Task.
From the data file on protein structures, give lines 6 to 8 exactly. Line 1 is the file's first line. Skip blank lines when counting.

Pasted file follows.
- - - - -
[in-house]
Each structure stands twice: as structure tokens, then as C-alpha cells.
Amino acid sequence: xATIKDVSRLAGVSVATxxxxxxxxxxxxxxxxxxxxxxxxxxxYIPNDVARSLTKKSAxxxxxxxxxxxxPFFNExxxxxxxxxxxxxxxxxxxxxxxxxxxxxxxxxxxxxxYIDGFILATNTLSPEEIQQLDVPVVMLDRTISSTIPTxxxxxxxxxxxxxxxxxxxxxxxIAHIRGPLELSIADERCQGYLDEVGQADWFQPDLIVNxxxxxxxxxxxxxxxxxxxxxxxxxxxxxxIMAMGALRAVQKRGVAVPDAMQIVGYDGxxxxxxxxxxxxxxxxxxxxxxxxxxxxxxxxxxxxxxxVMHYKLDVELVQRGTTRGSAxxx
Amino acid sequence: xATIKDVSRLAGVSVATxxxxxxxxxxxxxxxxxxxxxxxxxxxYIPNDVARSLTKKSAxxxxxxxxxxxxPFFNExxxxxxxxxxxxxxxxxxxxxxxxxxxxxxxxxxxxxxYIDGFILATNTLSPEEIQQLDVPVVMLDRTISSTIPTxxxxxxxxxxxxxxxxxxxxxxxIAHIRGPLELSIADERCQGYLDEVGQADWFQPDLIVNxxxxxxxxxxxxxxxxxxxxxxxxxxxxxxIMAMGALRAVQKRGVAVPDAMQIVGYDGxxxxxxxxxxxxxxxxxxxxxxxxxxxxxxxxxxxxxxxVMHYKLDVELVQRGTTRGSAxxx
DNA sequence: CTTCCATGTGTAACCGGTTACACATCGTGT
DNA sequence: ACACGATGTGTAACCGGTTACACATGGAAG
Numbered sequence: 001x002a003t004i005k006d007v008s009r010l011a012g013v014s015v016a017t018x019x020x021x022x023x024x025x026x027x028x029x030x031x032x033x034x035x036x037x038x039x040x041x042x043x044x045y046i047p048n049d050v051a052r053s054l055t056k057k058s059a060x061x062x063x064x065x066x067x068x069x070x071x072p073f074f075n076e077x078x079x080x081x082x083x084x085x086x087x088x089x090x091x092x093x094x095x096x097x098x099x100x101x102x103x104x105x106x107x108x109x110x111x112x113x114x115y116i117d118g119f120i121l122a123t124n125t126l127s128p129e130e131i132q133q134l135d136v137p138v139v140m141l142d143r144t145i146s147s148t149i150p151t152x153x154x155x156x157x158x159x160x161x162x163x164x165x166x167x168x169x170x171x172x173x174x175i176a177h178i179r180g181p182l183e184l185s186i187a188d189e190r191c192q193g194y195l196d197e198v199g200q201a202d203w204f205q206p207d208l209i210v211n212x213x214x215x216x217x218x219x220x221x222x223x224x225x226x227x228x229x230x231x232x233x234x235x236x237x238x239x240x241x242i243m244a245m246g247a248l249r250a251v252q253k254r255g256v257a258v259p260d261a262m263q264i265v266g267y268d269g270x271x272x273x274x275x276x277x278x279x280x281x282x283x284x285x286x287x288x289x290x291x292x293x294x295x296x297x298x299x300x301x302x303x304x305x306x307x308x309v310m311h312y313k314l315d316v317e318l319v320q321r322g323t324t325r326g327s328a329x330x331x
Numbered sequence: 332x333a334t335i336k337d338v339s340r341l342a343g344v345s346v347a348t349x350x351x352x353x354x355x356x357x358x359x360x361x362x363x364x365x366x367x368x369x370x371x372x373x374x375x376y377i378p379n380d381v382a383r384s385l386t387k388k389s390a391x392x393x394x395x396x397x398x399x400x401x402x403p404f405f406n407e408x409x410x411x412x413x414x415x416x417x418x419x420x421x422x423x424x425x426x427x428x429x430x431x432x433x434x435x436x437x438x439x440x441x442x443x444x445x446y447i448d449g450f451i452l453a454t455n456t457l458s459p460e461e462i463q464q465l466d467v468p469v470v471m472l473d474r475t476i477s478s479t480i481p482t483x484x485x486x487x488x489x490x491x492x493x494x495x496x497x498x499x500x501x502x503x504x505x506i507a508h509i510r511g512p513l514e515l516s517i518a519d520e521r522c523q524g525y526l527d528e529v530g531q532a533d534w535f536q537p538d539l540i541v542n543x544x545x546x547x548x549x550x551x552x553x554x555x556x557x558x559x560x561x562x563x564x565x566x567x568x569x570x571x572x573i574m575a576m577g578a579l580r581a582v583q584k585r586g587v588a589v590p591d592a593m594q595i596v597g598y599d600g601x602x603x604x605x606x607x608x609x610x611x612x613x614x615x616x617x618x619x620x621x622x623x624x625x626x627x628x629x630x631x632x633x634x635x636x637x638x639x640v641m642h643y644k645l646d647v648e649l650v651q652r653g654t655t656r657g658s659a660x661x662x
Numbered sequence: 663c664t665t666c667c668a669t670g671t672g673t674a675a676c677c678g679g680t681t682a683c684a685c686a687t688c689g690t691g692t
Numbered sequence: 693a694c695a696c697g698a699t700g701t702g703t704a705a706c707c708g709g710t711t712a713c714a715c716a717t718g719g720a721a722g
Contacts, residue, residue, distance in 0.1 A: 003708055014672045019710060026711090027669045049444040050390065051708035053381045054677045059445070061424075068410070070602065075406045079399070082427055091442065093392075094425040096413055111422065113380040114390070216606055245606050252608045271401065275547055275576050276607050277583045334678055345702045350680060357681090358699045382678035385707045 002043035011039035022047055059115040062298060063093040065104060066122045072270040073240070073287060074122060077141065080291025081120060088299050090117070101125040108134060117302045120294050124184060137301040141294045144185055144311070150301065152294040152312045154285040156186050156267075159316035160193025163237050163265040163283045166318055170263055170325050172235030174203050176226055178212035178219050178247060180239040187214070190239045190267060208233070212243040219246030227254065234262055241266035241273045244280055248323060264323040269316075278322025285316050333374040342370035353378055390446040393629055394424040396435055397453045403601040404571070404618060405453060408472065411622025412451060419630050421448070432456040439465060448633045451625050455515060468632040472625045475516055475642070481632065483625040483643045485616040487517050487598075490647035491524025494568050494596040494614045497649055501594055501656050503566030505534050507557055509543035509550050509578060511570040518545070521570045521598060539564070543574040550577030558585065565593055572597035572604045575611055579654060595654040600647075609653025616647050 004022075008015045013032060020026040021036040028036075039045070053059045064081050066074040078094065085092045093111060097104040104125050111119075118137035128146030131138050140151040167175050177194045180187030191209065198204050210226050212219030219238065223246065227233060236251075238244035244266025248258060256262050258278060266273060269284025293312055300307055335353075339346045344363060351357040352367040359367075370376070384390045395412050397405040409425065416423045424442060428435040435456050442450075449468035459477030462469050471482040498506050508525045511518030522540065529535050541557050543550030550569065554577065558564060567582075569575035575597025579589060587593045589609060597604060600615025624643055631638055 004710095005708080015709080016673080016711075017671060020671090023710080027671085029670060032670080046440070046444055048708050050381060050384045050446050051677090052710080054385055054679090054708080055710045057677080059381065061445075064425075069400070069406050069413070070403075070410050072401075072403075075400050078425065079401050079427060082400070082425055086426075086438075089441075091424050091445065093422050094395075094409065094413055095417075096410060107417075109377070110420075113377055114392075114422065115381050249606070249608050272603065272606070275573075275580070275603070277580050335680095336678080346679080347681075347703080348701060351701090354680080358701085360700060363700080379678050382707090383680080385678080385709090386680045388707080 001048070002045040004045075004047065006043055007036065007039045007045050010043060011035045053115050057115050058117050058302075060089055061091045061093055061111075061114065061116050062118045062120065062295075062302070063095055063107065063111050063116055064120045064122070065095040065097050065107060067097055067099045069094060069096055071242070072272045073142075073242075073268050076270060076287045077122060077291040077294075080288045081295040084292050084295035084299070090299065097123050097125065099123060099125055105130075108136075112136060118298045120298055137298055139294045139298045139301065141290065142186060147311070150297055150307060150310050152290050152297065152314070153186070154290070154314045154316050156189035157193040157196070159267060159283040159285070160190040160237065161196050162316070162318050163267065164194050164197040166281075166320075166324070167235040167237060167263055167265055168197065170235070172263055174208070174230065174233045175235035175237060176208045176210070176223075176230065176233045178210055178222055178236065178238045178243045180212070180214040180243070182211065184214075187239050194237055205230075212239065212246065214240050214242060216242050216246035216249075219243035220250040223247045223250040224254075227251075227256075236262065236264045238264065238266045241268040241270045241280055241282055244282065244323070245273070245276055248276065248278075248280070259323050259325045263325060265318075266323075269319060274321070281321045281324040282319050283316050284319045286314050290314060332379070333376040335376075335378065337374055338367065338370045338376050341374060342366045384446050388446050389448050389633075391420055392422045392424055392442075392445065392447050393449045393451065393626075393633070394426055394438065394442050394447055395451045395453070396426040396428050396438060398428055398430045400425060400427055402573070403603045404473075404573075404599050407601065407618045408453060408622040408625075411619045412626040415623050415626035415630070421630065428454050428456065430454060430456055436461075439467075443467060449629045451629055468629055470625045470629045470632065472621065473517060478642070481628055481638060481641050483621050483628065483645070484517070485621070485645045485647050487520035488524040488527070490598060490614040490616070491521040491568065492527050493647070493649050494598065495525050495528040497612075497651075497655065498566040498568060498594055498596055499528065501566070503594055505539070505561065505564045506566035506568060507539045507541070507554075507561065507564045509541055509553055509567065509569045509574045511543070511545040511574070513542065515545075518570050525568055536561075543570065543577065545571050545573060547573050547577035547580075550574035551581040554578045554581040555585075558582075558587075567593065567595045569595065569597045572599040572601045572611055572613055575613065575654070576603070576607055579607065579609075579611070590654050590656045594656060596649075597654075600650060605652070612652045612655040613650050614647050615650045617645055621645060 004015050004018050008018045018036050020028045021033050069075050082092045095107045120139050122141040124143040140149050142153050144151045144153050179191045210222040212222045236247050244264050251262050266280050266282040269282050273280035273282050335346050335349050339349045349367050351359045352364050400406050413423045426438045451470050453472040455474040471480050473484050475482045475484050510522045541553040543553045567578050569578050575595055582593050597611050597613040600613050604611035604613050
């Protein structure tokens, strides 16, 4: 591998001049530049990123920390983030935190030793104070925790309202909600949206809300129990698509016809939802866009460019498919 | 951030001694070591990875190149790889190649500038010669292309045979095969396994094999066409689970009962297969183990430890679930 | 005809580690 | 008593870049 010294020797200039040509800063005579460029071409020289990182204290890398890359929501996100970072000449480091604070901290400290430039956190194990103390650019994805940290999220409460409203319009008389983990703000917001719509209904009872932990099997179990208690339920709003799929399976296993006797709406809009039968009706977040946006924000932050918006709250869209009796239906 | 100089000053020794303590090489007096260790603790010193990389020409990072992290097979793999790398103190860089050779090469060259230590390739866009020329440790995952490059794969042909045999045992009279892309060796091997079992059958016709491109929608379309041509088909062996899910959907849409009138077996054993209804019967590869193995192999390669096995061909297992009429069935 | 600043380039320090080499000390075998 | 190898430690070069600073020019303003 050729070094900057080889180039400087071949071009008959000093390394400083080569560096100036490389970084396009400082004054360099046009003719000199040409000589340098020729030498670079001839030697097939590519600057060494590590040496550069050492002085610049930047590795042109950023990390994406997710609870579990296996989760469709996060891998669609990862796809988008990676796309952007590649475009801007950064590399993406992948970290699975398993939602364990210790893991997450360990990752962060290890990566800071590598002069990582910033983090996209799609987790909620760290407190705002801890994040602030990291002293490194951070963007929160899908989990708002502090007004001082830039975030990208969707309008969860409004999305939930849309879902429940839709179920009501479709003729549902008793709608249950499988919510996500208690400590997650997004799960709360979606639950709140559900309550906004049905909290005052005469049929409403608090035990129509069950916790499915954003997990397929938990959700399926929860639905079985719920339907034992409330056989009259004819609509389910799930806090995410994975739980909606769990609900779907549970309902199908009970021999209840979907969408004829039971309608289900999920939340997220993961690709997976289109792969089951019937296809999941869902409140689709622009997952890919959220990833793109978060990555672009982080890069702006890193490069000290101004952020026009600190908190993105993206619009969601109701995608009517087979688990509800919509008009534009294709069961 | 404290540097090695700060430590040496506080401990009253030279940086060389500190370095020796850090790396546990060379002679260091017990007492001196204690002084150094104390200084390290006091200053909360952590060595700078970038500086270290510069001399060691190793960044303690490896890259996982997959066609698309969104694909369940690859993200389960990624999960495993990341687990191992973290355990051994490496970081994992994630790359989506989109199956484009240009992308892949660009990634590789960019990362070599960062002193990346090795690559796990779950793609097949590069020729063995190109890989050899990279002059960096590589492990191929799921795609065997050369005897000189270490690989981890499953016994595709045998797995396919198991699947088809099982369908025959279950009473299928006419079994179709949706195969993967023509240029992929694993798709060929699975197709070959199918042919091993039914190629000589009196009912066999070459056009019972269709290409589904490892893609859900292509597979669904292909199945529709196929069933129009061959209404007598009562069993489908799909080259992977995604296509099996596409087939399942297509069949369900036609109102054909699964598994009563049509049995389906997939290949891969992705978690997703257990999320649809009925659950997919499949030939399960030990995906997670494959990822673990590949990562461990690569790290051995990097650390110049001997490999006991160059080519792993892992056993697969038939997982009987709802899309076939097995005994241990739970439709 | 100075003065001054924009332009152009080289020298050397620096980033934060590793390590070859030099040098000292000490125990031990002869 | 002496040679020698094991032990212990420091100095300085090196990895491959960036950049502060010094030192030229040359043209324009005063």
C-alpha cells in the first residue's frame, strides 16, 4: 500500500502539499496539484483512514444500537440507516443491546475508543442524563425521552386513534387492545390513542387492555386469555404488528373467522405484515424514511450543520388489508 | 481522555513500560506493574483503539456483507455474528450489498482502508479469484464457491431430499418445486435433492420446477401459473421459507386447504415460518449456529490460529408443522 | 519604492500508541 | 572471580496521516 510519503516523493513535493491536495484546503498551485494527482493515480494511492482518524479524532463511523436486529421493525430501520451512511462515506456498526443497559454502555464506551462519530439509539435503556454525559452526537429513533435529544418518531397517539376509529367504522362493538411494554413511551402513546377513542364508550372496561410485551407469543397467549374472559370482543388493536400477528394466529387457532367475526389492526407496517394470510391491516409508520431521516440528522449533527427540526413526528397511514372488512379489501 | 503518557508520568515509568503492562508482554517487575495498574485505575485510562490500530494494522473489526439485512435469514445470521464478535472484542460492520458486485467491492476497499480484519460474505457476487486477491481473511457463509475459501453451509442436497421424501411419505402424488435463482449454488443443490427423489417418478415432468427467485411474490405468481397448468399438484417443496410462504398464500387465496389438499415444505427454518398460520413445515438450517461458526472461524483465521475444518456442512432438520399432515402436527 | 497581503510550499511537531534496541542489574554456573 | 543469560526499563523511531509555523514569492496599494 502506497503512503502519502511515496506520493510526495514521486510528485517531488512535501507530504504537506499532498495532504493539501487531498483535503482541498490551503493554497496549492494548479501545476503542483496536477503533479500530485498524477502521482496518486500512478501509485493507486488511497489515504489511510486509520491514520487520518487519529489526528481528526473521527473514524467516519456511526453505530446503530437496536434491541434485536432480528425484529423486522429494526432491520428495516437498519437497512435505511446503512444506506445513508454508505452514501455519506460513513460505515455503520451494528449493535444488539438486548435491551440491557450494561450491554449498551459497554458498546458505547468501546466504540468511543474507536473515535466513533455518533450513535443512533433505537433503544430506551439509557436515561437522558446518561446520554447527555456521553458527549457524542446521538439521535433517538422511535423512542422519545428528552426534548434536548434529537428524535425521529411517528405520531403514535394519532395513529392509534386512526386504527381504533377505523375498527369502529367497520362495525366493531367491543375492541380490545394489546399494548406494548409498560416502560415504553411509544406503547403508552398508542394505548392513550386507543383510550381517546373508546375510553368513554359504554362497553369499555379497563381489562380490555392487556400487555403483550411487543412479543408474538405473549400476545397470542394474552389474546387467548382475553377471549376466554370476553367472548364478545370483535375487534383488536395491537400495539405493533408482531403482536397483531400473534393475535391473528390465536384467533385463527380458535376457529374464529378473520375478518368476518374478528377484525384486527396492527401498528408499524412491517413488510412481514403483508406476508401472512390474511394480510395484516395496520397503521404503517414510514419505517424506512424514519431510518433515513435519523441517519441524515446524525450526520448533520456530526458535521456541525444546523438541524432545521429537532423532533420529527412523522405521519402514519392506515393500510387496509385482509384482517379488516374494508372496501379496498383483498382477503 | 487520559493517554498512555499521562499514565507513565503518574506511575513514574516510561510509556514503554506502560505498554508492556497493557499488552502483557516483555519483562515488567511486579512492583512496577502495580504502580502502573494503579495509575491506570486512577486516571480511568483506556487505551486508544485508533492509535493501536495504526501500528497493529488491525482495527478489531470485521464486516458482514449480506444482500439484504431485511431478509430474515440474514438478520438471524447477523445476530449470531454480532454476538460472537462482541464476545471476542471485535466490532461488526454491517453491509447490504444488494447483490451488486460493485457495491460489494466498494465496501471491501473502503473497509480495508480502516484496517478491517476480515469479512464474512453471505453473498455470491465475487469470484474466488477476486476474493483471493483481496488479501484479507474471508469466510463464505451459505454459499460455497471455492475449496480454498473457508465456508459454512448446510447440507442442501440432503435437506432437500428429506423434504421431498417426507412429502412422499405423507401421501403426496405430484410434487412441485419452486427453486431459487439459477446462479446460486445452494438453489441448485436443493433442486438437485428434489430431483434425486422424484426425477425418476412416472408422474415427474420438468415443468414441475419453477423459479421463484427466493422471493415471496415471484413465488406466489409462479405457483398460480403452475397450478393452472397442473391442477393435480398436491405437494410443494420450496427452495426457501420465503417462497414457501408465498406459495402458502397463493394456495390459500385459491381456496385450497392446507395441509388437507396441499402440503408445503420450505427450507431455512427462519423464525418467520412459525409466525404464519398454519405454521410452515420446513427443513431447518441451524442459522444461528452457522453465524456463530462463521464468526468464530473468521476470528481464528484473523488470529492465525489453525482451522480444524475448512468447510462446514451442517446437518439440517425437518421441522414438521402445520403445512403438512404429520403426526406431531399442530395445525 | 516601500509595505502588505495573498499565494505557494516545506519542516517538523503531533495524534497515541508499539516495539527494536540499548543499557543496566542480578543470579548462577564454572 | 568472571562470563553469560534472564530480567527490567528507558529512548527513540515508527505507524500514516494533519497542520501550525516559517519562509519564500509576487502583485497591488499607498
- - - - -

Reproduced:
DNA sequence: ACACGATGTGTAACCGGTTACACATGGAAG
Numbered sequence: 001x002a003t004i005k006d007v008s009r010l011a012g013v014s015v016a017t018x019x020x021x022x023x024x025x026x027x028x029x030x031x032x033x034x035x036x037x038x039x040x041x042x043x044x045y046i047p048n049d050v051a052r053s054l055t056k057k058s059a060x061x062x063x064x065x066x067x068x069x070x071x072p073f074f075n076e077x078x079x080x081x082x083x084x085x086x087x088x089x090x091x092x093x094x095x096x097x098x099x100x101x102x103x104x105x106x107x108x109x110x111x112x113x114x115y116i117d118g119f120i121l122a123t124n125t126l127s128p129e130e131i132q133q134l135d136v137p138v139v140m141l142d143r144t145i146s147s148t149i150p151t152x153x154x155x156x157x158x159x160x161x162x163x164x165x166x167x168x169x170x171x172x173x174x175i176a177h178i179r180g181p182l183e184l185s186i187a188d189e190r191c192q193g194y195l196d197e198v199g200q201a202d203w204f205q206p207d208l209i210v211n212x213x214x215x216x217x218x219x220x221x222x223x224x225x226x227x228x229x230x231x232x233x234x235x236x237x238x239x240x241x242i243m244a245m246g247a248l249r250a251v252q253k254r255g256v257a258v259p260d261a262m263q264i265v266g267y268d269g270x271x272x273x274x275x276x277x278x279x280x281x282x283x284x285x286x287x288x289x290x291x292x293x294x295x296x297x298x299x300x301x302x303x304x305x306x307x308x309v310m311h312y313k314l315d316v317e318l319v320q321r322g323t324t325r326g327s328a329x330x331x
Numbered sequence: 332x333a334t335i336k337d338v339s340r341l342a343g344v345s346v347a348t349x350x351x352x353x354x355x356x357x358x359x360x361x362x363x364x365x366x367x368x369x370x371x372x373x374x375x376y377i378p379n380d381v382a383r384s385l386t387k388k389s390a391x392x393x394x395x396x397x398x399x400x401x402x403p404f405f406n407e408x409x410x411x412x413x414x415x416x417x418x419x420x421x422x423x424x425x426x427x428x429x430x431x432x433x434x435x436x437x438x439x440x441x442x443x444x445x446y447i448d449g450f451i452l453a454t455n456t457l458s459p460e461e462i463q464q465l466d467v468p469v470v471m472l473d474r475t476i477s478s479t480i481p482t483x484x485x486x487x488x489x490x491x492x493x494x495x496x497x498x499x500x501x502x503x504x505x506i507a508h509i510r511g512p513l514e515l516s517i518a519d520e521r522c523q524g525y526l527d528e529v530g531q532a533d534w535f536q537p538d539l540i541v542n543x544x545x546x547x548x549x550x551x552x553x554x555x556x557x558x559x560x561x562x563x564x565x566x567x568x569x570x571x572x573i574m575a576m577g578a579l580r581a582v583q584k585r586g587v588a589v590p591d592a593m594q595i596v597g598y599d600g601x602x603x604x605x606x607x608x609x610x611x612x613x614x615x616x617x618x619x620x621x622x623x624x625x626x627x628x629x630x631x632x633x634x635x636x637x638x639x640v641m642h643y644k645l646d647v648e649l650v651q652r653g654t655t656r657g658s659a660x661x662x